Olam Qatan: Bridging Jewish, Sufi spiritual beliefs

Jewish Sufi seeker Ya’qub ibn Yusuf, born Joshua Heckelman in New York City, studied with great spiritual masters before opening Olam Qatan a generation ago.

YA’QUB IBN YUSUF, Jewish Sufi, at the First Station: Holding the door open for spiritual seekers in Jerusalem for 23 years. (photo credit: MARC ISRAEL SELLEM)
YA’QUB IBN YUSUF, Jewish Sufi, at the First Station: Holding the door open for spiritual seekers in Jerusalem for 23 years.
(photo credit: MARC ISRAEL SELLEM)
Ever since he met his Sufi teacher on the Mount of Olives, Ya’qub ibn Yusuf has poured his love and attention into building bridges of understanding between two great spiritual disciplines – Judaism and Sufism. 
Born in Brooklyn as Joshua Heckelman, he sought out a spiritual master and found Sidi Sheikh Muhammad Al Jamal, who led him on the Sufi path. As COVID-19 restrictions ease, visitors to First Station can now pick up the latest book he produced, The Gift (Hamatana), a Hebrew translation of the poetry of Sufi-master Hafez.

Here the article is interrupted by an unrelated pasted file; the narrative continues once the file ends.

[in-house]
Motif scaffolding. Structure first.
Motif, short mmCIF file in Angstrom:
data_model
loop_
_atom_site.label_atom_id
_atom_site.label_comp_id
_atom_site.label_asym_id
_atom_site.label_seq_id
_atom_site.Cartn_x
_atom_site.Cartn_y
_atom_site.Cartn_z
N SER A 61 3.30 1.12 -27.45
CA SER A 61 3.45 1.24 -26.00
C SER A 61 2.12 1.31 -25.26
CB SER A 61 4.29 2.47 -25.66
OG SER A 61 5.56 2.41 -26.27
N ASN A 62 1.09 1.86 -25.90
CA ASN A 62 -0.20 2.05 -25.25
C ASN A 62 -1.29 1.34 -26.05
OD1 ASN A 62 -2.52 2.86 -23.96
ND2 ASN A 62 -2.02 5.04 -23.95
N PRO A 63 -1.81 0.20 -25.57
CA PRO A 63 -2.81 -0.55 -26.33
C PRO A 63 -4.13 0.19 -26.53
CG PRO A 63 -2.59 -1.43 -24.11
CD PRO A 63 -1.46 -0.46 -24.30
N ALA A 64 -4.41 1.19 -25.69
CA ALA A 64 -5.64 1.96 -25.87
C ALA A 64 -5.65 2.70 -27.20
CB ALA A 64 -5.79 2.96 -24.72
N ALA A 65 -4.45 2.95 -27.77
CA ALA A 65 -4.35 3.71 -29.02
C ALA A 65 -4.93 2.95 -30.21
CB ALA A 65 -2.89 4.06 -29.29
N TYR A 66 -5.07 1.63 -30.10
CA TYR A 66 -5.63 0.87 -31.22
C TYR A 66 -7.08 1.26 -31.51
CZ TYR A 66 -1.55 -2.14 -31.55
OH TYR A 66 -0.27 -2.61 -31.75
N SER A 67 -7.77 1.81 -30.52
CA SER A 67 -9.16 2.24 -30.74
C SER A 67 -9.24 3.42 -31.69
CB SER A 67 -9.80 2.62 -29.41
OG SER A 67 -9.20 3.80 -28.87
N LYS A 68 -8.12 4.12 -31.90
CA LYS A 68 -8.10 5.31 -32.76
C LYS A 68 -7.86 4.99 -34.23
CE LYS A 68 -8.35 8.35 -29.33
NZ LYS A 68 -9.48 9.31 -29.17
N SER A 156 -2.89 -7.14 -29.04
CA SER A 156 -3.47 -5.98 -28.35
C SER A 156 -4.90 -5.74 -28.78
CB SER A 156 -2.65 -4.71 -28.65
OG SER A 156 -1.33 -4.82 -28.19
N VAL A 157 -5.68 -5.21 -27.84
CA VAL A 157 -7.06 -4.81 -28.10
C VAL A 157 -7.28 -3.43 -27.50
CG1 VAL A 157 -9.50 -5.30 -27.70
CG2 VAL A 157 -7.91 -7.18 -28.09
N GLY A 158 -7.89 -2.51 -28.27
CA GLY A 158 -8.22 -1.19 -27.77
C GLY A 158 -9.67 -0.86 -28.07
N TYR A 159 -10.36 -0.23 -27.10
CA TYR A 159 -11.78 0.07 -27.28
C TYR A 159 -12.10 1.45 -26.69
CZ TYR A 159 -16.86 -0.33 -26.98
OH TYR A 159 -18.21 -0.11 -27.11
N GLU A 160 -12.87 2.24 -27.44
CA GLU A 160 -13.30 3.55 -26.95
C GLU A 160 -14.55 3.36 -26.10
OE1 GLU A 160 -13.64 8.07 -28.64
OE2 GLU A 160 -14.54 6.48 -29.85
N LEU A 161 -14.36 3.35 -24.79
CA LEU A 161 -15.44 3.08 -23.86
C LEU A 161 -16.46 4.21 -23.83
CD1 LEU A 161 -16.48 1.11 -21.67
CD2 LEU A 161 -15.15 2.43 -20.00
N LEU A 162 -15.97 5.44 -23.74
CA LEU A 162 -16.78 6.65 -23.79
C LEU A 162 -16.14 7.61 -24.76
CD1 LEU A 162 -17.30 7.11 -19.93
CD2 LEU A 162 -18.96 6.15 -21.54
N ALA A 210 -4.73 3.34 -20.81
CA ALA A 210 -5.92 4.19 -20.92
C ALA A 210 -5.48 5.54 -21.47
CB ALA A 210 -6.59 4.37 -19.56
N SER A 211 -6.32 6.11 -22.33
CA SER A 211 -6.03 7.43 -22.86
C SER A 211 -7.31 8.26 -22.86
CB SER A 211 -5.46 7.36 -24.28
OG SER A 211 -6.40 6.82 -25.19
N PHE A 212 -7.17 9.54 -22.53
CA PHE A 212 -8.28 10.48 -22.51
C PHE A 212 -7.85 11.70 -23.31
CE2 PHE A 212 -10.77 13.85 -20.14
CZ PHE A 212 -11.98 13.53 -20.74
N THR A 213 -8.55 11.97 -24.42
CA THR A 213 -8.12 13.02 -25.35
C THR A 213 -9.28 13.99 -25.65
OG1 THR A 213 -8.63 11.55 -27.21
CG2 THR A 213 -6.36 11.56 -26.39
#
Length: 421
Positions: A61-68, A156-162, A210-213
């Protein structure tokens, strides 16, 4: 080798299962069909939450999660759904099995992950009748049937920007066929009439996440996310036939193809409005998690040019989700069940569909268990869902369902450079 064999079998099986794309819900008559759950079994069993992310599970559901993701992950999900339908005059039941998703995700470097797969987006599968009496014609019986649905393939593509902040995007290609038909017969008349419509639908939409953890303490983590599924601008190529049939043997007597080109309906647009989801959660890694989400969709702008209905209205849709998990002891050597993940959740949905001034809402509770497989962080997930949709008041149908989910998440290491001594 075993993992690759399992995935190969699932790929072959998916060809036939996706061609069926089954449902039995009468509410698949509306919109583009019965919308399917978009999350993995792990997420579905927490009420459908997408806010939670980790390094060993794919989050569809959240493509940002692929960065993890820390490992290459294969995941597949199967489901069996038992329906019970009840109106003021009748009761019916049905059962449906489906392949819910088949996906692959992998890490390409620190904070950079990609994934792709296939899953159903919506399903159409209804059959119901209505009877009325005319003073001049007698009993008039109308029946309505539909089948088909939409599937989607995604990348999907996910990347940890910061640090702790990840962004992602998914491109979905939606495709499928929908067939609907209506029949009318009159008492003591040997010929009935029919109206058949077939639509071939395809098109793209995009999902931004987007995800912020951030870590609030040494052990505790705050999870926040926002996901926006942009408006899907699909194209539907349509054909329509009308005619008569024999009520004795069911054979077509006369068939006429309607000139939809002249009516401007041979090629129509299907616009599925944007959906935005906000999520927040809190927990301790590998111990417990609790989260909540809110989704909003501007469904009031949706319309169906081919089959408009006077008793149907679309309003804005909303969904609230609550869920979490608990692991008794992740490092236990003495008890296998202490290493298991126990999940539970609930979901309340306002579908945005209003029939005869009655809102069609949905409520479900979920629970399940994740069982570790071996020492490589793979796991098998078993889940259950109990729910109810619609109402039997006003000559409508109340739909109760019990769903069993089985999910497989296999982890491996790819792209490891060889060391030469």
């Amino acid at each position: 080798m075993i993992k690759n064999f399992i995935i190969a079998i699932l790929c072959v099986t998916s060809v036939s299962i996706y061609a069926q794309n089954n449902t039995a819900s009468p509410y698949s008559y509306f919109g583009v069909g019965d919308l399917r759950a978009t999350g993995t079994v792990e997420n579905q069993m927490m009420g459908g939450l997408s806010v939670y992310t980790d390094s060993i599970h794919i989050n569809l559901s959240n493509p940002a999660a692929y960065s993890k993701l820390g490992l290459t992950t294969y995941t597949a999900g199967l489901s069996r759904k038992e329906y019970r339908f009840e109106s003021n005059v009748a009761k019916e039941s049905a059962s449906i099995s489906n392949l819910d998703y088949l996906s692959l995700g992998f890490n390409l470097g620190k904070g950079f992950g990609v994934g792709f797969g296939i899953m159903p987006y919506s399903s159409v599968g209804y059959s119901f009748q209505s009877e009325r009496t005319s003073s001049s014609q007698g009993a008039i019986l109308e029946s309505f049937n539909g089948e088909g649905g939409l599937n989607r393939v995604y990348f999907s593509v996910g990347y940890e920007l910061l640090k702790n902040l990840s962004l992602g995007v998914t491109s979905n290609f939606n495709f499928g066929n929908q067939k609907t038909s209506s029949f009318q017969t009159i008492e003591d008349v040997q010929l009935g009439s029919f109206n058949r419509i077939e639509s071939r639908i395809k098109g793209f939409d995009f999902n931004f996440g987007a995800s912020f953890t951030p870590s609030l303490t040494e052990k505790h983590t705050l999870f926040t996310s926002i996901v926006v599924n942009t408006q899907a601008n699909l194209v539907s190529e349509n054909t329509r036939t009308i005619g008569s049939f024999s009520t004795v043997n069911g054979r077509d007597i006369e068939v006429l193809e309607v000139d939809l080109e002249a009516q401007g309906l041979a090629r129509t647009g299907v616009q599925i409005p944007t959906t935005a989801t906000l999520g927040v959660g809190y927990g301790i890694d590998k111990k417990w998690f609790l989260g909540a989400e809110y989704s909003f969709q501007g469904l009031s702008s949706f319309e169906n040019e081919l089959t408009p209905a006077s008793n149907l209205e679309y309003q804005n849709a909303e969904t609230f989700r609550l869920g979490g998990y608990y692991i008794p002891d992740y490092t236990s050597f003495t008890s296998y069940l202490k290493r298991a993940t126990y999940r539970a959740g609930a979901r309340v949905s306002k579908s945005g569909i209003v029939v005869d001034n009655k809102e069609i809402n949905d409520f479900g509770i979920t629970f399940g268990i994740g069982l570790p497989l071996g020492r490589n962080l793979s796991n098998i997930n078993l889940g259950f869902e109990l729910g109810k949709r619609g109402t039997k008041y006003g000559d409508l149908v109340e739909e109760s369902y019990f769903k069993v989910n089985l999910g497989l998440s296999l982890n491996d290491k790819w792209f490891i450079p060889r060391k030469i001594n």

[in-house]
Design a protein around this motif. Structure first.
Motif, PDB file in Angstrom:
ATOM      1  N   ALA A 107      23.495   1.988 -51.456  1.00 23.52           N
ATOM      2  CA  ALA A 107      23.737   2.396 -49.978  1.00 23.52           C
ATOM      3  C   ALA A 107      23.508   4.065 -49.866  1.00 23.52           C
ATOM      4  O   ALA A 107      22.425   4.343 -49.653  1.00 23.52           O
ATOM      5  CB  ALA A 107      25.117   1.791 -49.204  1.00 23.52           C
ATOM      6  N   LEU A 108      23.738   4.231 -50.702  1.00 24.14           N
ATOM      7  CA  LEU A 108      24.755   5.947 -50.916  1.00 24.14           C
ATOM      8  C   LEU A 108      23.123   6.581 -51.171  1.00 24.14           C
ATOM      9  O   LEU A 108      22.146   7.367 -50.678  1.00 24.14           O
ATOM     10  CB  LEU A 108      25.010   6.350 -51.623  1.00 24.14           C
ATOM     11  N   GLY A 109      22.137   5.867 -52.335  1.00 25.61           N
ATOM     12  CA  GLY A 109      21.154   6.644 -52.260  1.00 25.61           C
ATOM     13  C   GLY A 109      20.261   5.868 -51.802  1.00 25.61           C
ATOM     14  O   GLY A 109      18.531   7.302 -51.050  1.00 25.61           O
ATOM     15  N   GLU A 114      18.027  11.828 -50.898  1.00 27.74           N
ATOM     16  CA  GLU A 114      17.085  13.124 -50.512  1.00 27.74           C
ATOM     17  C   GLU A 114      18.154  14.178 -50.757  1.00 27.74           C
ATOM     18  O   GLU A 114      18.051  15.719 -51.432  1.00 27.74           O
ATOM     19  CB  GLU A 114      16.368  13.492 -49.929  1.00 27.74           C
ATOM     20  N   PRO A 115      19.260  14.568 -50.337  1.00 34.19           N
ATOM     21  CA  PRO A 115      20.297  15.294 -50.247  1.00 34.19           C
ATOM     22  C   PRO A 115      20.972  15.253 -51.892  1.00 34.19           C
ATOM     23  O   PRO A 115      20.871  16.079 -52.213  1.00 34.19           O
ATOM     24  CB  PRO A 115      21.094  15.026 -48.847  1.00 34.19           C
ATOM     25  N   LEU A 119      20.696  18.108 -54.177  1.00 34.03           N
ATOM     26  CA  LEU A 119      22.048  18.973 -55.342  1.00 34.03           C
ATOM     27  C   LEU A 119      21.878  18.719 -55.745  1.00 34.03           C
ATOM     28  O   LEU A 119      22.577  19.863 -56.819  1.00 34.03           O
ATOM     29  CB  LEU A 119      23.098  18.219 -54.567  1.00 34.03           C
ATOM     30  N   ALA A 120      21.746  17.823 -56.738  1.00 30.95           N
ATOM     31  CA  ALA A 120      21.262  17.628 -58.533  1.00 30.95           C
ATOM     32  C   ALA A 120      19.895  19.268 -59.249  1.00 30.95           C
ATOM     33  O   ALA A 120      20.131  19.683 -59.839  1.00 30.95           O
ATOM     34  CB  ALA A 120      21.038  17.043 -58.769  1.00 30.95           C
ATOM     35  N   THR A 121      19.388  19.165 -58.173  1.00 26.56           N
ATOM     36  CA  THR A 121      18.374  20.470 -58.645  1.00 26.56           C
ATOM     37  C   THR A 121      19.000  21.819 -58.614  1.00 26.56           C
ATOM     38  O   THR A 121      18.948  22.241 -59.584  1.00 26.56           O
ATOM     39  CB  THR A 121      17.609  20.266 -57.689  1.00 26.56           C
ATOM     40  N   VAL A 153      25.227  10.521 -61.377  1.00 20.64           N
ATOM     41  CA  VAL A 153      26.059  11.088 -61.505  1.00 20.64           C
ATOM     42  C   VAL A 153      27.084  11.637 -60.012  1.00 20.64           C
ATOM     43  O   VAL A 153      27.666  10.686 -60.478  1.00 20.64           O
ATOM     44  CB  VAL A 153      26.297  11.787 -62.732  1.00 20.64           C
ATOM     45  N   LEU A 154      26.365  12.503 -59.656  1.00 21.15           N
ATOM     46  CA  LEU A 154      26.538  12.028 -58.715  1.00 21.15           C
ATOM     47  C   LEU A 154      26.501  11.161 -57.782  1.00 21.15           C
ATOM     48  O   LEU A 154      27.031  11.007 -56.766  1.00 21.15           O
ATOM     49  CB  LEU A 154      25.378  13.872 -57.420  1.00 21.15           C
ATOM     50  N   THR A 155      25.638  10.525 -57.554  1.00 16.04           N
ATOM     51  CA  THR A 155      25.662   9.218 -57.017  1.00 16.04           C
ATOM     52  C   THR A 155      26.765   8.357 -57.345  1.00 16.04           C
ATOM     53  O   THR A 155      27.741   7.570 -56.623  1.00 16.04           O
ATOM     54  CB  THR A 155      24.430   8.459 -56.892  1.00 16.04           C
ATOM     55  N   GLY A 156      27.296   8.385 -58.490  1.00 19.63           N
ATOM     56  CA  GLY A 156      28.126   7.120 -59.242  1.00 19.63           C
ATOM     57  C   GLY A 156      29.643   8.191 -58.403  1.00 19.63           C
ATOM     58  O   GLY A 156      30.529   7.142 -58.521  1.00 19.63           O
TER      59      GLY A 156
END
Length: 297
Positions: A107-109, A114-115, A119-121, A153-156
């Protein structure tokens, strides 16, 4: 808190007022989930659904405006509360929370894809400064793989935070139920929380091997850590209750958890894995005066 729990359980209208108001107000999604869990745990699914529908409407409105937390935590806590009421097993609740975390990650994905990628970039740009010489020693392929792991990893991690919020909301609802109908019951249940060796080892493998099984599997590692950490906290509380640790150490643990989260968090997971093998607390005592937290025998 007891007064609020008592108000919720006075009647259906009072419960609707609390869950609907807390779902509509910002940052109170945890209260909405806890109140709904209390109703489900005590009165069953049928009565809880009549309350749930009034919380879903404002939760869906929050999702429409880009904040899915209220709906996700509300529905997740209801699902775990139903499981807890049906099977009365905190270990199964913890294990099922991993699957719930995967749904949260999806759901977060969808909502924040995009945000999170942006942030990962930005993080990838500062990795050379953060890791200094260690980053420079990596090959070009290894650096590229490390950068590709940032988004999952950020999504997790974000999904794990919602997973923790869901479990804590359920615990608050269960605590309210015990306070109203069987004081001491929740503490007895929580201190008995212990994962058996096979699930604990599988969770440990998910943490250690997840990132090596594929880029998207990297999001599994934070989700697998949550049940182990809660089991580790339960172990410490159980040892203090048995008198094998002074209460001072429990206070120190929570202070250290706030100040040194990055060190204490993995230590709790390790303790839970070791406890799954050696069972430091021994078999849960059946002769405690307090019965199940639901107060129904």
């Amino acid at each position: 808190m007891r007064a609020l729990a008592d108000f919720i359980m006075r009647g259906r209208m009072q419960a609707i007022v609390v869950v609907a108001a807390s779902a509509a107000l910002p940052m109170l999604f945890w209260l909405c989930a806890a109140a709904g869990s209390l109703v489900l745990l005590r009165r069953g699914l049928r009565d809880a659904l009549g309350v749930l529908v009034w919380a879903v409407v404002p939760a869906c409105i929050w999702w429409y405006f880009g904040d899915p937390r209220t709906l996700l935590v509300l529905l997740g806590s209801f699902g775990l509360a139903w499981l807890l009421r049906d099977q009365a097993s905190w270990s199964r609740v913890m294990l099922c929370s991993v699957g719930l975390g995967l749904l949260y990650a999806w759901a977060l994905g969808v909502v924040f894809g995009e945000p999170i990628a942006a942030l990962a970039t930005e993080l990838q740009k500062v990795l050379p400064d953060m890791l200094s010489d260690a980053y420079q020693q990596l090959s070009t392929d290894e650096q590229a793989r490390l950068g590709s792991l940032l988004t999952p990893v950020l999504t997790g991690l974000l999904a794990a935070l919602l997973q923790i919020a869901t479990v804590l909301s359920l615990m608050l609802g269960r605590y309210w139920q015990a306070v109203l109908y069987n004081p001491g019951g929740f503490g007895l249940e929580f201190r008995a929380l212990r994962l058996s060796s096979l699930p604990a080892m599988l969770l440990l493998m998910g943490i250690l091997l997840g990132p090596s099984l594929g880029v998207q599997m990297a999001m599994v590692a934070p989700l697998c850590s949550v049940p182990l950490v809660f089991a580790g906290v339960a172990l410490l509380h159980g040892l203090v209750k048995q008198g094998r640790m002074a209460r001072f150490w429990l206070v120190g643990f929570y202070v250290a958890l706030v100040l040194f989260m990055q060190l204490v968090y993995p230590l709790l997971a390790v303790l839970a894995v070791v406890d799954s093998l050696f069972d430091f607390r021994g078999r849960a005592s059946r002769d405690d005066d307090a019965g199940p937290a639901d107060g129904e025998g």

The Olam Qatan (Small World) bookstore has been an important center of Jewish and non-conventional spirituality in Jerusalem for a generation, helping seekers find just the right books, music or teachings they need.
“I see my job as that of keeping a door open,” ibn Yusuf explains. “One of my Israeli clients once said a great thing to me. I was apologizing to him about my poor Israeli accent. He stopped and said, ‘Don’t apologize. You American Jews have a very important job to do here in Israel. Because you have the chutzpa (nerve) to pick and choose what works for you.’”
What the man meant, ibn Yusuf points out, is that Israeli society is deeply divided. Those who are brought up secular can be hostile, almost allergic, to Jewish spirituality. Those brought up religious can, at times, be very rigid in their outlook. Years ago, when he was active in the House of Love and Prayer established by Rabbi Shlomo Carlebach in San Francisco in the 1960s he used to ask fellow-seekers, “How do you decide what to follow, and what not to?” Their answer was, “What do you mean? We’re baali teshuva (non-observant Jews who embrace a religious lifestyle), we do everything!” His response was, “Friends, you’re more creative than that!”